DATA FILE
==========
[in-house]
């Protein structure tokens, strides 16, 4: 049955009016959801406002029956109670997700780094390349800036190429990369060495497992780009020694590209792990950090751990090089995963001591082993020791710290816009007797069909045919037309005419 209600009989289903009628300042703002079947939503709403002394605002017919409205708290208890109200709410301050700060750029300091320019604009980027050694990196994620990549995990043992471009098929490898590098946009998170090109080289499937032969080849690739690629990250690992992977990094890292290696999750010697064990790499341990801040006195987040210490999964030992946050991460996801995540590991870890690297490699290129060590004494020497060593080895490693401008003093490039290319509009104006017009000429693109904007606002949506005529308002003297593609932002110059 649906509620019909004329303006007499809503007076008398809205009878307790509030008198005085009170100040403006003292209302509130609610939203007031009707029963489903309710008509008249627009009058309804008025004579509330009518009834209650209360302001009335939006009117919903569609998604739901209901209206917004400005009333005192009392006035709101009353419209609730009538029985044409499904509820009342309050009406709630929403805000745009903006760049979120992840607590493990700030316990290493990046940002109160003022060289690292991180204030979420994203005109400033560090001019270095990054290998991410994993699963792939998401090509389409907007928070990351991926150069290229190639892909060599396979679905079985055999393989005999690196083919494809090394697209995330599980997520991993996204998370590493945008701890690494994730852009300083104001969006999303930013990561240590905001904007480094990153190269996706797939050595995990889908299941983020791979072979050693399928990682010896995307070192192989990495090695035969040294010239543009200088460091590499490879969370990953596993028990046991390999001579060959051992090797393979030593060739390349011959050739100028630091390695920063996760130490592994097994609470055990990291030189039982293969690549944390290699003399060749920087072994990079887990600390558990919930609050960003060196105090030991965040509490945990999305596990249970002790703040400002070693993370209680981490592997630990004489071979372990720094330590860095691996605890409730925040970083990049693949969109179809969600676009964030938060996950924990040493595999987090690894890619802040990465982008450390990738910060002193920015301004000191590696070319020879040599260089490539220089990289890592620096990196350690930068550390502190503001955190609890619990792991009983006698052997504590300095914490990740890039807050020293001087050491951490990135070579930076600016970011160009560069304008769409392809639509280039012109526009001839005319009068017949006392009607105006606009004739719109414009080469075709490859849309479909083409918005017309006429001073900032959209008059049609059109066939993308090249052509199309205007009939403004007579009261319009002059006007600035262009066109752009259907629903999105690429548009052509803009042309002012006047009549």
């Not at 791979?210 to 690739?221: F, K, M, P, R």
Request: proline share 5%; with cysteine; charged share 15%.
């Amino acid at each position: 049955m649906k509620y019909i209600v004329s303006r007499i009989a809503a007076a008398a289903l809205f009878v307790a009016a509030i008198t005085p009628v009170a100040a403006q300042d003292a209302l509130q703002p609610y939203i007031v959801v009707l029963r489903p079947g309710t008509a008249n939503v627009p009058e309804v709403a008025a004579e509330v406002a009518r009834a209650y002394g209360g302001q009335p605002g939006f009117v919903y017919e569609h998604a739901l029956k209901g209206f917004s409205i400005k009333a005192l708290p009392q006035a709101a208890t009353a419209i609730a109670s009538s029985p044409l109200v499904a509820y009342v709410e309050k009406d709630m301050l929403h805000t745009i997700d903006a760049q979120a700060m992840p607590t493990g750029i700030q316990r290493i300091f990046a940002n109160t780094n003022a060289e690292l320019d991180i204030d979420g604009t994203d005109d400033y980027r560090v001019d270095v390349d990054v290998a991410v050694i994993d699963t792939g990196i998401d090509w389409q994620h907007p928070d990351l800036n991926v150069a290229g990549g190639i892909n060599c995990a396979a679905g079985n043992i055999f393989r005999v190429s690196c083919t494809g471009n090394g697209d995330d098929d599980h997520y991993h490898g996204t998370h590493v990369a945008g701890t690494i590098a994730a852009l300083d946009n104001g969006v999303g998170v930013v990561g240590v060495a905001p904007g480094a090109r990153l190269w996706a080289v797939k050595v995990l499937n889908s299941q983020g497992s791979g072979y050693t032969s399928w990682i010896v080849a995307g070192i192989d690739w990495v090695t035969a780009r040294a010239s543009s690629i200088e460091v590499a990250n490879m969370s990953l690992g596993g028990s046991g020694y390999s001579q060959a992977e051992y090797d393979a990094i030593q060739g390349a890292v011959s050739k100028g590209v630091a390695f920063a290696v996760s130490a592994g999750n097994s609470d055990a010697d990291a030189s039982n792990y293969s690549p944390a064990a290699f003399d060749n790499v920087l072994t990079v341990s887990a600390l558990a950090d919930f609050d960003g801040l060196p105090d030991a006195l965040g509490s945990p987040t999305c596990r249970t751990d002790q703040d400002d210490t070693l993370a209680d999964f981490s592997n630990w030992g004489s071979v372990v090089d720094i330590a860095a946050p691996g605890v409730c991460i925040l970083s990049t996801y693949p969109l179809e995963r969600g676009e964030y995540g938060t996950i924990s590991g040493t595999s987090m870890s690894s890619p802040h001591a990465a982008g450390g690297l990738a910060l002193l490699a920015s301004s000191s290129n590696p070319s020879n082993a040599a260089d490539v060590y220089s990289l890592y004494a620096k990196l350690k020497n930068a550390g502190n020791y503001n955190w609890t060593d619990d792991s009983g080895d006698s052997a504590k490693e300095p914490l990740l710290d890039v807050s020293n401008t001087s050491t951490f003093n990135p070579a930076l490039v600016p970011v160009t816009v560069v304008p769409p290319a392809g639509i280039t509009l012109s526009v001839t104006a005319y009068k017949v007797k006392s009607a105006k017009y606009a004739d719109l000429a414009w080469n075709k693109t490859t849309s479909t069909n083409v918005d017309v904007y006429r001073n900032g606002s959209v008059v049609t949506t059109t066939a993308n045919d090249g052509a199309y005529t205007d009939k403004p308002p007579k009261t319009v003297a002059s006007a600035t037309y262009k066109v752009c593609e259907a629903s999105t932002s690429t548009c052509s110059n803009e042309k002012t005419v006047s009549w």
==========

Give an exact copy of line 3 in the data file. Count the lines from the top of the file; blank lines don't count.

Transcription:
């Not at 791979?210 to 690739?221: F, K, M, P, R």